“Knowledge, Information, and Belief”

Sometimes inspiration comes from unlikely sources.

Here’s an exchange I saw on Twitter:

I agree that on information and belief is the stuff of brain-dead pleadings. But I wanted to see what I could find on EDGAR, the SEC database where public companies file their “material contracts.”

I found a few hundred instances of just information and belief. Here’s one:

But I found a lot more instances of knowledge, information, and belief:

Perhaps what we have here is cross-contamination from litigation into contracts. Sure, knowledge on its own works fine. Indeed, it can be used to express a range of different meanings (see for example this 2016 blog post). But the legalistic mind can’t resist throwing in extra words. Consider it a specialized form of FOMO—fear of missing out. (For more about that, see the post before this one, here.) The result is phony pomposity of the sort prized by the legalistic mind. And if those extra words come from a field other than contracts, what of it!

The effect is stultifying, another instance of a process that, cumulatively, has smart people churning out pernicious nonsense.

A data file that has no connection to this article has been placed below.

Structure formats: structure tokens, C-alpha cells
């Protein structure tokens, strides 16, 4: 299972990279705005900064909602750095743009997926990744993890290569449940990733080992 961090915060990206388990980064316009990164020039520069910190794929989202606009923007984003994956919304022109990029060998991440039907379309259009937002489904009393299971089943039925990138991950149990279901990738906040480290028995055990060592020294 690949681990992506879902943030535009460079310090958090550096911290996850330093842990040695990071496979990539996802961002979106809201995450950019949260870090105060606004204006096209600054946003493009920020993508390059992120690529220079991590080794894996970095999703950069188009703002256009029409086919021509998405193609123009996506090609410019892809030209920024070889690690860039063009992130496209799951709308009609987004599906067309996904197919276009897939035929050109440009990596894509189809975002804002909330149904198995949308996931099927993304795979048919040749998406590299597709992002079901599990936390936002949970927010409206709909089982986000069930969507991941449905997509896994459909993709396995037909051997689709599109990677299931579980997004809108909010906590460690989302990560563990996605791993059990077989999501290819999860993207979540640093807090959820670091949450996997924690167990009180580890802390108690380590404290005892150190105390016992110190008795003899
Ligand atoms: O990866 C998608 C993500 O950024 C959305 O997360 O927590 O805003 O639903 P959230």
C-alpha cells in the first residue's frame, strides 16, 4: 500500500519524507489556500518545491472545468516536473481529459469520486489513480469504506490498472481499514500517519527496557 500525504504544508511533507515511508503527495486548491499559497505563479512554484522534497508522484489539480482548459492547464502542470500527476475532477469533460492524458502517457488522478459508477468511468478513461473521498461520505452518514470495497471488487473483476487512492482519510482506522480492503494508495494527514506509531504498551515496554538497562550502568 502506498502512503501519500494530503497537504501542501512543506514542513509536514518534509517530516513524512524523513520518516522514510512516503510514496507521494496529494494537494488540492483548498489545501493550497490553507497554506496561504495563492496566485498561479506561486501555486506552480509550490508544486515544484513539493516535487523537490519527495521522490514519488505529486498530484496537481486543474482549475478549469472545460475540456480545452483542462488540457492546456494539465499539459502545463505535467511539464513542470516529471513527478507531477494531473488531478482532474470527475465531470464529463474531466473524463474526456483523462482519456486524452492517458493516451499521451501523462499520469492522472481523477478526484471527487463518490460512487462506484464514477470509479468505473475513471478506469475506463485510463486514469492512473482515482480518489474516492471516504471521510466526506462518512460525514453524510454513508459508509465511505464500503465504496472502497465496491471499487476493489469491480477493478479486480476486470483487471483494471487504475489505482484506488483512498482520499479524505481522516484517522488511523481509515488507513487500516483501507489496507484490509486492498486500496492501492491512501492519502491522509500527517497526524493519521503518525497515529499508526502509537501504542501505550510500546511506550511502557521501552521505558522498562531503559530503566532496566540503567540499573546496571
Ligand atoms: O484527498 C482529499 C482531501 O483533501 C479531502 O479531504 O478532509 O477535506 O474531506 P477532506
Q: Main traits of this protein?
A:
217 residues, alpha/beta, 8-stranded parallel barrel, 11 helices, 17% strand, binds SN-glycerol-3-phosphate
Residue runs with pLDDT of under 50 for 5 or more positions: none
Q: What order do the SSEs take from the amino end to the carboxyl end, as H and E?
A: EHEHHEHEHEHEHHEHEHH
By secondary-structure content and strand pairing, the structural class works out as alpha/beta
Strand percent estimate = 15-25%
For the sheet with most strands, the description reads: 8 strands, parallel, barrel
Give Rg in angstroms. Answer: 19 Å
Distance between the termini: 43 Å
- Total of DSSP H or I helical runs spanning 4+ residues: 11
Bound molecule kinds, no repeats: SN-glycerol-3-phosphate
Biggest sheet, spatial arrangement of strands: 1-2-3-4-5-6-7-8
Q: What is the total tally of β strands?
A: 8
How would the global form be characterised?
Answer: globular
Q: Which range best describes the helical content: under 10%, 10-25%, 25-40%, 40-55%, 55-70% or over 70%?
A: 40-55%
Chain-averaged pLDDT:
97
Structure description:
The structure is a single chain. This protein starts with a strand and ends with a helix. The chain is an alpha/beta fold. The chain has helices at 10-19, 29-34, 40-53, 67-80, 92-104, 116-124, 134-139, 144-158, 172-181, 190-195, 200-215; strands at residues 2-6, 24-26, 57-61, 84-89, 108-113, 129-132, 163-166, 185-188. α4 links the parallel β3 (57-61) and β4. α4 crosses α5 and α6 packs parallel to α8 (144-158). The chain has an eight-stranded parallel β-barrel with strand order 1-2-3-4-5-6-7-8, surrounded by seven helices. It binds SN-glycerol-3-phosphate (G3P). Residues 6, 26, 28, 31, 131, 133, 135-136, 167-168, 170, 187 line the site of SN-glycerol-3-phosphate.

About the author

Ken Adams is the leading authority on how to say clearly whatever you want to say in a contract. He’s author of A Manual of Style for Contract Drafting, and he offers online and in-person training around the world. He’s also chief content officer of LegalSifter, Inc., a company that combines artificial intelligence and expertise to assist with review of contracts.

1 thought on ““Knowledge, Information, and Belief””

  1. I can’t give chapter and verse, but I think ‘information and belief’ comes up in contexts that require contrasting ‘personal knowledge’ with ‘information and belief’.

    The distinction is relevant in (1) affidavits that must be on personal knowledge but the affiant wants to state something beyond her personal knowledge, while making clear that she is doing so, and (2) pleadings in forums requiring ‘verified’ (sworn) pleadings, for the same reason.

    The only reason I can think of for using the formula in a contract is to specify the level of certainty required of statements being made in, or to be made under, the contract, including affidavits parties might have to supply upon the occurrence of specified conditions (claim, loss).

    The triplet ‘knowledge, information, and belief” would be justified (if ever) only when a stated conclusion is based in part on the declarant’s personal knowledge and in part on other information. I suspect it is used mostly outside that limited area, as part of lawyers’ love of triplets generally and, as you say, for the sake of wearing mysterious sacerdotal robes made of words to impress the rubes.


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